Why Can't You Buy a Big Bottle of Headache Pills in England?

Last time I was in London I had a headache, and went to the nearest Boots to buy something for it.

Photo: vvvracer

In U.S. drugstores, I’m accustomed to finding half an aisle devoted to headache pills, with bottles ranging from small to very large — at least 200 pills in them. So that’s what I went looking for in Boots, but no such bottle was to be found. The only options were cardboard packets containing maybe 20 pills, with each pill in its own blister packet. (The pills were also larger than U.S. pills.) Hmm, I thought. I guess Boots finds it can charge a lot for a small amount of headache medicine since most people, when they have a headache, aren’t very price-conscious.

But I recently learned the real reason for this phenomenon while interviewing David Lester, a psychologist at the Richard Stockton College of New Jersey who is the dean of suicide (and death) research. (We are producing an hour-long Freakonomics Radio special on suicide.) We were discussing the efficacy of SSRI’s on treating depression (and fighting suicide) when he explained why it’s hard to find a big bottle of headache pills in England:

LESTER: And although there was a lot of publicity in recent years about the dangers of the SSRI, the serotonin reuptake inhibitors, like Paxil, and Zoloft, and Prozac, the death rate of people taking those medications is much less than people taking the older antidepressants. They’re much safer. There are fewer suicides, and there are fewer accidental overdoses. There still is some concern about adolescents, but on the whole they’re the much safer ones. In England and Europe, Tylenol is sold under the name Paracetamol, and that’s used for huge numbers of overdoses, which on the whole aren’t lethal but leave the people with kidney damage and often of dialysis for the rest of their lives.

DUBNER: That’s interesting, yeah. I was in London recently and had a headache, and went to buy some acetaminophen or ibuprofen and noticed that in a drugstore I couldn’t seem to find anything larger than a container of maybe twenty or twenty-five pills in those foil sheets where you have to punch one out.

LESTER: They started doing that about five years ago, and they restrict the numbers, and they put them in plastic blisters so you have to tear them out. And again, you’d think all I have to do is go to six drugstores, you know, buy packets in each of them, all I have to do is just tear them out. But it has cut down the number of overdoses. It’s also cut down the number of serious overdoses that have led to kidney damage. Now, very few people died of an acetaminophen overdose. So it’s been hard to document that it cut the number of deaths, but certainly the number of attempts. The overdoses with it have been cut dramatically. And they did think about other things. You know, they did think about putting bitter tasting substances in it, or a substance that would make you vomit if you took too many. But they decided that was perhaps…That would interfere with the appropriate use of an analgesic such as Tylenol or aspirin. You know, the people who really needed them for headache would find it unpleasant to take them. … It’s been remarkable, a success, that.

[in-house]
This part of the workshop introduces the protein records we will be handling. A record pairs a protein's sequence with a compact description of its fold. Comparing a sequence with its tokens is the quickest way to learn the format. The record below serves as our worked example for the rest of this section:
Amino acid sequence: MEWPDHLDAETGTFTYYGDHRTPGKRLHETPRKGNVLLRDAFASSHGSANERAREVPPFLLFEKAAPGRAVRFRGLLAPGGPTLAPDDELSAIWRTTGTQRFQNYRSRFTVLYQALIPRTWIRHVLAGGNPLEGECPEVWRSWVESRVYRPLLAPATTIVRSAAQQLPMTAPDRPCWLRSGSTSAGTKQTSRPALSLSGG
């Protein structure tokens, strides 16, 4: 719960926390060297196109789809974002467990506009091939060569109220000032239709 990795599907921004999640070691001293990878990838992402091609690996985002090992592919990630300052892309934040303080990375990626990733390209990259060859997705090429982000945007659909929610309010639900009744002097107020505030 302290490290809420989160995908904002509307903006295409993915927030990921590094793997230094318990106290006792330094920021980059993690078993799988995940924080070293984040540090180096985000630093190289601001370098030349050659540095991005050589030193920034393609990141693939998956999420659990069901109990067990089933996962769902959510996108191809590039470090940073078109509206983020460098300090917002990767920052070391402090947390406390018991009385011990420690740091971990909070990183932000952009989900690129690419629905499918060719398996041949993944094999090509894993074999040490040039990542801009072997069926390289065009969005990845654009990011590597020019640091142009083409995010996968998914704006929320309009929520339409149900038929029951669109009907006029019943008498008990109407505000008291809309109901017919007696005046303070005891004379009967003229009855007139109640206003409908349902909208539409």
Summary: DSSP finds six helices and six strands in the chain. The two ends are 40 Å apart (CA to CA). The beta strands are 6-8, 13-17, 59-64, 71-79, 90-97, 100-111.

DUBNER: Now, let me ask you…

LESTER: I’m glad you had that experience. It shows that it’s, that the drugstores are actually applying it, I mean they are following the rules.

It is of course a larger question as to how valuable such a rule is. But I’m happy to at least have an explanation.


I went into a branch of Superdrug in London last week and had no problem in buying three packets of ibruprofen...

Richard of York

Ibrobufen is an anti-infammatory and does not have the same problem with overdosing as Paracetamol.


The son of my father's partner took too many tylenol and destroyed his liver. I don't know the rate of occurrence.

Richard of York

This is true and shows how you can get an unexpected behaviour from changing packaging (i.e. for people who really want to suicide, you would not expect them to have a problem with going to 6 pharmacies and emptying the blister pack, would you?).

Which, therefore, begs the question: how many of the prior cases were highly based on "impulse" - doing this with no planning? And the moment you place a small planning obstacle, they don't do it? If this is the case, then there are MANY examples where we could think about interfering with peoples lives to give us better EXPECTED outcomes! Slightly un-American but "hey ho"!

Mr. Moon

The same logic also applies to why we British are only allow to buy rope in lengths of one metre at a time.


Ibuprfen is much safer in overdose hence you can buy up to 96(even in packs of 96-38g ibuprofen) however paracetamol/acetaminophen containing products are usually restricted to about 16g. Which could be a toxic dose but probably not lethal if treated in most people.


I doubt that this analysis fully explains the smaller packaging. In the Netherlands, I've never, in at least 20 years, seen a package containing more than 40 painkillers. When I was in the US, I was amazed that they sold these bottles with hundreds of pills. Why on earth would I want those? I don't use more than maybe 15 painkillers a year and the vast majority of people shouldn't. A large stockpile can go bad, get lost, be spilled, etc. It just doesn't make any sense to me to buy such a large amount of painkillers. So I think it's largely a cultural thing, in line with the common saying 'In the US, everything is bigger'. That at least holds for the average car, steak and bottle of painkillers.